Military personnel with undocumented immigrant family in South Carolina and across the country can now rest a little easier. With the proposed immigration bill languishing in Congress, the prospect of family members being deported while troops are deployed was a constant worry for many military families. But now, a White House memorandum delineates a new policy: Spouses, children and parents of active-duty members of the armed forces will be eligible for a "parole in place," authorizing them to remain in the U.S., along with the possibility of applying to become lawful permanent residents.
In Part One of this series, we wrote about the impending changes to the current immigration system, whether through sweeping reform or piecemeal legislation. South Carolina legal residents who are trying to get extended family members into the U.S. under the so-called sibling category may be wondering if this means their relatives will be shut out. Not necessarily, but it helps to understand what is behind the push towards these changes and what to expect from the new legislation.
Immigrants in South Carolina, like immigrants anywhere in the United States, often share a similar history. They often enter the country alone and then later send for their spouse, if they have one. Still later, they may send for other family members, such as a brother or sister, or a married son or daughter. There's nothing like family for providing a much-needed support system for immigrants trying to make it in a new country.
South Carolina residents of the Catholic faith may be heartened by the news that a church leader has written a letter calling on the House of Representatives to quit stalling on immigration legislation. Addressed to House Speaker John Boehner, a Catholic, on behalf of 450-plus U.S. bishops and cardinals, Cardinal Timothy Dolan, president of the U.S. Conference of Catholic bishops and the archbishop of New York, calls the immigration legislation problem "a matter of great moral urgency," and respectfully requested that lawmakers resolve the issue before the end of the year.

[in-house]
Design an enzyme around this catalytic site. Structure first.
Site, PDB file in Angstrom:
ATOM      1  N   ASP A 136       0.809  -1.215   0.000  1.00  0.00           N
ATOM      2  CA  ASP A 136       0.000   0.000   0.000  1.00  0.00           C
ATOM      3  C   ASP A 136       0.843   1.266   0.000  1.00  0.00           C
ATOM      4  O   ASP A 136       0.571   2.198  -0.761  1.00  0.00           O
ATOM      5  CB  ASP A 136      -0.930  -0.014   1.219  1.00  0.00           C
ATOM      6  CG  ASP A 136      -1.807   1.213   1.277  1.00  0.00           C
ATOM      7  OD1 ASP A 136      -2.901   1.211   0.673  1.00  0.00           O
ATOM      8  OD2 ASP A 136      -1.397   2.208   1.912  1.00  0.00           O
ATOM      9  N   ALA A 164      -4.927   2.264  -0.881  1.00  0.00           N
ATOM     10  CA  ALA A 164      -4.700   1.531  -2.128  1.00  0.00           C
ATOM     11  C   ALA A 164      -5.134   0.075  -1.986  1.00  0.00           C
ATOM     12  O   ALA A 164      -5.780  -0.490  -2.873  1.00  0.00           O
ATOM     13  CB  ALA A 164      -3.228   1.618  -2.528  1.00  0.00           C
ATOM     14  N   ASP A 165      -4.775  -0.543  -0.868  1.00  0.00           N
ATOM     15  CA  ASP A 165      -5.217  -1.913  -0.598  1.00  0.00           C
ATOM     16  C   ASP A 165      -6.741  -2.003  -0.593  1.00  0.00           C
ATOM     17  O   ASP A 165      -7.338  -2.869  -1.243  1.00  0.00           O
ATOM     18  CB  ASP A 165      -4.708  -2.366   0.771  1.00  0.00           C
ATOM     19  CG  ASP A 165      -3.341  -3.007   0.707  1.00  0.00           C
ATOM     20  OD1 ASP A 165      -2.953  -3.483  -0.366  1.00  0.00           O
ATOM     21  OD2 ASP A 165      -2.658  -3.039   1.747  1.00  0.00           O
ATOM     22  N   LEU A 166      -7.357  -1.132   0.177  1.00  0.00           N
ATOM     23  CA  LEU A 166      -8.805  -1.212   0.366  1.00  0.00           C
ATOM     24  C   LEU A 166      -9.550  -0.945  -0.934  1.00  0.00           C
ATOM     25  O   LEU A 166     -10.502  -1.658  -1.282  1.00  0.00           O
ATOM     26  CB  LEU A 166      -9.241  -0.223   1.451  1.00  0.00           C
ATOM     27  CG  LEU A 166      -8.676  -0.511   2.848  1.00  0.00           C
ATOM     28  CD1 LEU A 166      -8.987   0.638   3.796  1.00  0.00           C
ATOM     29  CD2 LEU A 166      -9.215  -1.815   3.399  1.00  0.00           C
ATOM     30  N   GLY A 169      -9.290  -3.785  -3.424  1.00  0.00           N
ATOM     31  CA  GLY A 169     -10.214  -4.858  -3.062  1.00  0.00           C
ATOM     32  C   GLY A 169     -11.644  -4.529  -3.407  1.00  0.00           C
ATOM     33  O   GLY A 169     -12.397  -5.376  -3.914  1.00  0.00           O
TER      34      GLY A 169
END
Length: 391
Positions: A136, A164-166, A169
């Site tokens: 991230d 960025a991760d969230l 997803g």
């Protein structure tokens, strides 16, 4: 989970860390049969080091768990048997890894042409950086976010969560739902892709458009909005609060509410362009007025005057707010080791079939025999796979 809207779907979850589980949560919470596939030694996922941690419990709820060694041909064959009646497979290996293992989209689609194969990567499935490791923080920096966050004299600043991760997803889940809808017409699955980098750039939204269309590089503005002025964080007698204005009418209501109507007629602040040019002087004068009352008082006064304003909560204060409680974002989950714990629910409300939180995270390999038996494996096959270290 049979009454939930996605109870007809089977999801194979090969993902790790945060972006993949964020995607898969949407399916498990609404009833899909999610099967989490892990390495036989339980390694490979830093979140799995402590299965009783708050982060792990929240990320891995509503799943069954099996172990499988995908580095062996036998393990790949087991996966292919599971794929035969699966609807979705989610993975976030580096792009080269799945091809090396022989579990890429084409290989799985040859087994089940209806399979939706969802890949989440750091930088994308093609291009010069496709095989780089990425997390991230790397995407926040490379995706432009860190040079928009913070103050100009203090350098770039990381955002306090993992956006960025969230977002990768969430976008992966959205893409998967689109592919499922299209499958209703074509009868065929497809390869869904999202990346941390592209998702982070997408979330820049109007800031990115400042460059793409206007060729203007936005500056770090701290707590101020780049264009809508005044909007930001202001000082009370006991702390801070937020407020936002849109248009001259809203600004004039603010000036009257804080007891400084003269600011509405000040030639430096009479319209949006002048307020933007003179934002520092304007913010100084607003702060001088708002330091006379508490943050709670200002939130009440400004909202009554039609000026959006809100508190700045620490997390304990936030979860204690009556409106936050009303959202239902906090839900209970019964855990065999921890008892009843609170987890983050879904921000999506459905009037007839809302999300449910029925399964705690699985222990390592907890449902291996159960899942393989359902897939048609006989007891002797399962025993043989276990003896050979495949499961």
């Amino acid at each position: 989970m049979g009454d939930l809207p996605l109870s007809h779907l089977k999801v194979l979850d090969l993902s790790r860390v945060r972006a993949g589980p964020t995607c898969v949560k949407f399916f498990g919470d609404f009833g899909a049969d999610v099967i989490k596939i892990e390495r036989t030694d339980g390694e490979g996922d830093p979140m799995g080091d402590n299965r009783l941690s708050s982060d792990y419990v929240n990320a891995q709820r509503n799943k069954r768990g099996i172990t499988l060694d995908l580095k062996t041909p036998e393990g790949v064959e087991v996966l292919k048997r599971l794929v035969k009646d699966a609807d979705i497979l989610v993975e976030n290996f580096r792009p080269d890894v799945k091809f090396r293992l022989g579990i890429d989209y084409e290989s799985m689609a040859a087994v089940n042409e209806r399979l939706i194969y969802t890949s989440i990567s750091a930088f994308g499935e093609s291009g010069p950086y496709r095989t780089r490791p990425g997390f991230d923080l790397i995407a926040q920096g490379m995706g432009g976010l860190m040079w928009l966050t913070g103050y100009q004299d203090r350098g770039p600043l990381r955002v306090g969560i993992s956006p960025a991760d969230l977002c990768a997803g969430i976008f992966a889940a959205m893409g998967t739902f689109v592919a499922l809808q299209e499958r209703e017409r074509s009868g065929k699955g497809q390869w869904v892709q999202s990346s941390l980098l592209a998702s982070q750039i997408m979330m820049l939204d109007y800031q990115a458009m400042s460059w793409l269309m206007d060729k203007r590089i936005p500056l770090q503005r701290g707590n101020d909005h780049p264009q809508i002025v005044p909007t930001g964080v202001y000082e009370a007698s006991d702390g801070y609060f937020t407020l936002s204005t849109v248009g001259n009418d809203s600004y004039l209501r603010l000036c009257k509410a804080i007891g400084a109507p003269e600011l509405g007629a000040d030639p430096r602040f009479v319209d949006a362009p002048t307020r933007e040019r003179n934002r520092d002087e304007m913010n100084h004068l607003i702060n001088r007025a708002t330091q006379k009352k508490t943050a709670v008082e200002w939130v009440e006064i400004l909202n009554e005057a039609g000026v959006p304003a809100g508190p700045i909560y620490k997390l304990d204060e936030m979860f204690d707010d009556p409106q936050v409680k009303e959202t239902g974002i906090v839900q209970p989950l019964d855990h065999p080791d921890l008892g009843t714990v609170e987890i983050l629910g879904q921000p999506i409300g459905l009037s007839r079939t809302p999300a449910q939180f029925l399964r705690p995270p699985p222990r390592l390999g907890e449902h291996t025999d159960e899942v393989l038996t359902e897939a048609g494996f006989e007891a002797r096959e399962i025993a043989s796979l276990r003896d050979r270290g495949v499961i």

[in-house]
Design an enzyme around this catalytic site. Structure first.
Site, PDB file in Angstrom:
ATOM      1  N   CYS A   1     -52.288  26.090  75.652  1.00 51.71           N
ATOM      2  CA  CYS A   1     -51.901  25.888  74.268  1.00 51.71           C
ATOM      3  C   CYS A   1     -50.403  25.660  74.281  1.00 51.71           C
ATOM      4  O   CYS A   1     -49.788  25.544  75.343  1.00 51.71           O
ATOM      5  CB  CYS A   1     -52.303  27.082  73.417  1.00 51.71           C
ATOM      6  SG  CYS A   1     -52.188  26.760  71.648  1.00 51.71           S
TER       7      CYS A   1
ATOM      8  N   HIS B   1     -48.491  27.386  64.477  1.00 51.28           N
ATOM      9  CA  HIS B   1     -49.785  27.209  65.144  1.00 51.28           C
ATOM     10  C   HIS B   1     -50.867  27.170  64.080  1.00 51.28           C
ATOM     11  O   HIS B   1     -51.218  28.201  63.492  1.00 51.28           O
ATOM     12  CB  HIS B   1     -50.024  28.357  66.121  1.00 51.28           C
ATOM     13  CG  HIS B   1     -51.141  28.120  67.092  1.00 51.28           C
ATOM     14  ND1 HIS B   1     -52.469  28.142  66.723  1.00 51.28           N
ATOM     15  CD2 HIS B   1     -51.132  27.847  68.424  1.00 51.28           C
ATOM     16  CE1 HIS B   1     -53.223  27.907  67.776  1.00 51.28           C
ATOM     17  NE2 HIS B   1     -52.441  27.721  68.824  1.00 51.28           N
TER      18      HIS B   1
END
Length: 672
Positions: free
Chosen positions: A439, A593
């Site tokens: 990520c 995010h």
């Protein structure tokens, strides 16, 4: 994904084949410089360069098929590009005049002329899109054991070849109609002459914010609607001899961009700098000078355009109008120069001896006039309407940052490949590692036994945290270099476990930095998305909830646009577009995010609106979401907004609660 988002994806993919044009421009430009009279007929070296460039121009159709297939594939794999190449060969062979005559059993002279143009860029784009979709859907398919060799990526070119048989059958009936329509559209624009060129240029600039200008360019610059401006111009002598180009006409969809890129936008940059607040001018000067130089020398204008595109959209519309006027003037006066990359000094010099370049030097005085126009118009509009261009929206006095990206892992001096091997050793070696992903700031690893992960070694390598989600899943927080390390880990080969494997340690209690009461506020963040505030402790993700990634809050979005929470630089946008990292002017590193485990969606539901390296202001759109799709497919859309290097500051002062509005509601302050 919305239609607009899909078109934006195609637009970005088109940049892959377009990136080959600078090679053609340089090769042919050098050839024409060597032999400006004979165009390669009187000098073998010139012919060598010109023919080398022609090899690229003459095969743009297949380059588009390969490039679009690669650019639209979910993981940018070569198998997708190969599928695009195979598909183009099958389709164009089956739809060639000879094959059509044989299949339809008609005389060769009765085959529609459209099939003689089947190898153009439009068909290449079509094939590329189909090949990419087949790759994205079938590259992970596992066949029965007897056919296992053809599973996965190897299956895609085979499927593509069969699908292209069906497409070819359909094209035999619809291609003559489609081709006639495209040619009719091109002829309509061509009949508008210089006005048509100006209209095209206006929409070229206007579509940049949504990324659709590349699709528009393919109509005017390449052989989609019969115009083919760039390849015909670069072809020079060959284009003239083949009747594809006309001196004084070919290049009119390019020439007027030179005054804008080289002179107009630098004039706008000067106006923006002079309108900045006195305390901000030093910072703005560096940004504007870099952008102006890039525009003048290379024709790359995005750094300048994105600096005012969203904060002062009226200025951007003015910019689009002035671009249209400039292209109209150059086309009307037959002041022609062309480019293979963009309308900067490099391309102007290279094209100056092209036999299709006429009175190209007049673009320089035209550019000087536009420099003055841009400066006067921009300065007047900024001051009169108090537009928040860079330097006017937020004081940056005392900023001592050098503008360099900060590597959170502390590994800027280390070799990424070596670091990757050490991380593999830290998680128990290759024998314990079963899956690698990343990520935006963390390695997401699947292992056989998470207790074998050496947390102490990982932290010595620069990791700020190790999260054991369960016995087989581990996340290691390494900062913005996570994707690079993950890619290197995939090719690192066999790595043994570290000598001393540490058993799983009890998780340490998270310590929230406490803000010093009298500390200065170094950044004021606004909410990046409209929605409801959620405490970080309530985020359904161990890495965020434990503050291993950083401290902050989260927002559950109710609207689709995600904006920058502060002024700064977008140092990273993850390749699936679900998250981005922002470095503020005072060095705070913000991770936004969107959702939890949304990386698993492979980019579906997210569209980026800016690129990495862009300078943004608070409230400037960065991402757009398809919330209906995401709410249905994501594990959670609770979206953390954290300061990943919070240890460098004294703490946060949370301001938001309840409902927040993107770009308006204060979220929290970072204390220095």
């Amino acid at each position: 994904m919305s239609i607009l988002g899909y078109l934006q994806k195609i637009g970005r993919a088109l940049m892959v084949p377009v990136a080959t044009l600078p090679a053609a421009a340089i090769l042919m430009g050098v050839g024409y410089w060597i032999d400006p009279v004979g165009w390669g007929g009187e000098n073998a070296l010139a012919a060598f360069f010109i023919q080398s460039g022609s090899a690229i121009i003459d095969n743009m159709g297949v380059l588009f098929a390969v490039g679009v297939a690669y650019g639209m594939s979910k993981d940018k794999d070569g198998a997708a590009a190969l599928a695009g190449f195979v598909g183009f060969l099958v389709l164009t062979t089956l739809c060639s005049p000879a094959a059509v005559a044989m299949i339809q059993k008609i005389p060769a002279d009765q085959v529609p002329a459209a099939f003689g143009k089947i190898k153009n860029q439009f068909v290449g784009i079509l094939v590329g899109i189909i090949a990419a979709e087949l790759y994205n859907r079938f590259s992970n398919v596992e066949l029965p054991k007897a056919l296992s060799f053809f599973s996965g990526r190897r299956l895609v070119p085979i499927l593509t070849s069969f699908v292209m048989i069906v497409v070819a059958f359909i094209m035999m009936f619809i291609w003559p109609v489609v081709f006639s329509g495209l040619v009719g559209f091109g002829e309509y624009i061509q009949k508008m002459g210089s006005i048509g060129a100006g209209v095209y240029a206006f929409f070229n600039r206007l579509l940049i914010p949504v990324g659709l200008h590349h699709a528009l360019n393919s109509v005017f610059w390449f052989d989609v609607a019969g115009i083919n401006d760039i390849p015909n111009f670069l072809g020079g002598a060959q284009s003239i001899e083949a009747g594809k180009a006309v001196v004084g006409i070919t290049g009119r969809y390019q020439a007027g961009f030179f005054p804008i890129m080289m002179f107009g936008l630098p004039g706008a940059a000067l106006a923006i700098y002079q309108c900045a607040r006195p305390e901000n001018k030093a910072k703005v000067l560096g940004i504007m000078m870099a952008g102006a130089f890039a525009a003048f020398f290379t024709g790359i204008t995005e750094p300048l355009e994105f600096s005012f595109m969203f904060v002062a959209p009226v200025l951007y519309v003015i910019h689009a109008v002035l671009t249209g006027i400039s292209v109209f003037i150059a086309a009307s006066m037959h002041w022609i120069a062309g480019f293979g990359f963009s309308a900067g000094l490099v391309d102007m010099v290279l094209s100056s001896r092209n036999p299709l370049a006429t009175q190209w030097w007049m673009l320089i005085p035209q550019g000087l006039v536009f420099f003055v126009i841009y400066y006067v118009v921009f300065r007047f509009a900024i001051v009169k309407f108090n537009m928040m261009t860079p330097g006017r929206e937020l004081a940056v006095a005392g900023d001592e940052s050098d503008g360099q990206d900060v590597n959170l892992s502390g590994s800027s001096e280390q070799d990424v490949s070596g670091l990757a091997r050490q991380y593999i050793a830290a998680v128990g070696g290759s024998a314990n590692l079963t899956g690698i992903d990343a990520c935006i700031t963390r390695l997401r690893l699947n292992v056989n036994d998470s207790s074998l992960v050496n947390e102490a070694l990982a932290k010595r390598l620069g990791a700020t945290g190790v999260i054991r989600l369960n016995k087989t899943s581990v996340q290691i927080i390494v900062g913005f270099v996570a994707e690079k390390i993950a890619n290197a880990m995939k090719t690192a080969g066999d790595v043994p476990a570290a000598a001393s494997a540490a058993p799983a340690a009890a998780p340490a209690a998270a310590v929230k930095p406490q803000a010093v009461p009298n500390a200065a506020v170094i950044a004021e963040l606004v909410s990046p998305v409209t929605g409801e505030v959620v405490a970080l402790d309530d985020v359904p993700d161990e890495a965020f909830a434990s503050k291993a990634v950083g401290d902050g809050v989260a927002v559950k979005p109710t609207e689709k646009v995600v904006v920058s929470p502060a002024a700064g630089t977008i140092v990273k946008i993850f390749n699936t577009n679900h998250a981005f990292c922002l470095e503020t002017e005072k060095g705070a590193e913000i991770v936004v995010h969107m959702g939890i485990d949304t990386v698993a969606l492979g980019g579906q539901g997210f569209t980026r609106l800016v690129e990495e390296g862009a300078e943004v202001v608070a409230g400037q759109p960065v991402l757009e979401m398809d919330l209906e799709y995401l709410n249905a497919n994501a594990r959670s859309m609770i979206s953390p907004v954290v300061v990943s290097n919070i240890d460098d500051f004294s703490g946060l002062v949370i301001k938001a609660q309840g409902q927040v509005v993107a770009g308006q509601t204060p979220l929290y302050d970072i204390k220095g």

It may not be a widely known fact to South Carolina construction workers that, due to budget cuts, the average workplace gets a visit from the Occupational Safety and Health Administration (OSHA) just once every 99 years. What effect that might have on workplace safety for immigrant workers on construction sites is anyone's guess.
It's a terrifying prospect for many immigrants: detention and deportation. It's also a somewhat arbitrary and ever-changing scenario that keeps immigrants always in uncertainty. While Immigration and Customs Enforcement (ICE) still has not set any real standards for detention, this virtual lack of rules regarding why and who gets detained does not extend to how many people get detained.
A motley assortment of conservative leaders - ranging from tea party farmers to tech titans - joined together in Washington on Oct. 29 in a last-ditch effort to urge Congress to vote on immigration reform before congressional re-election campaigns take over their attention next year.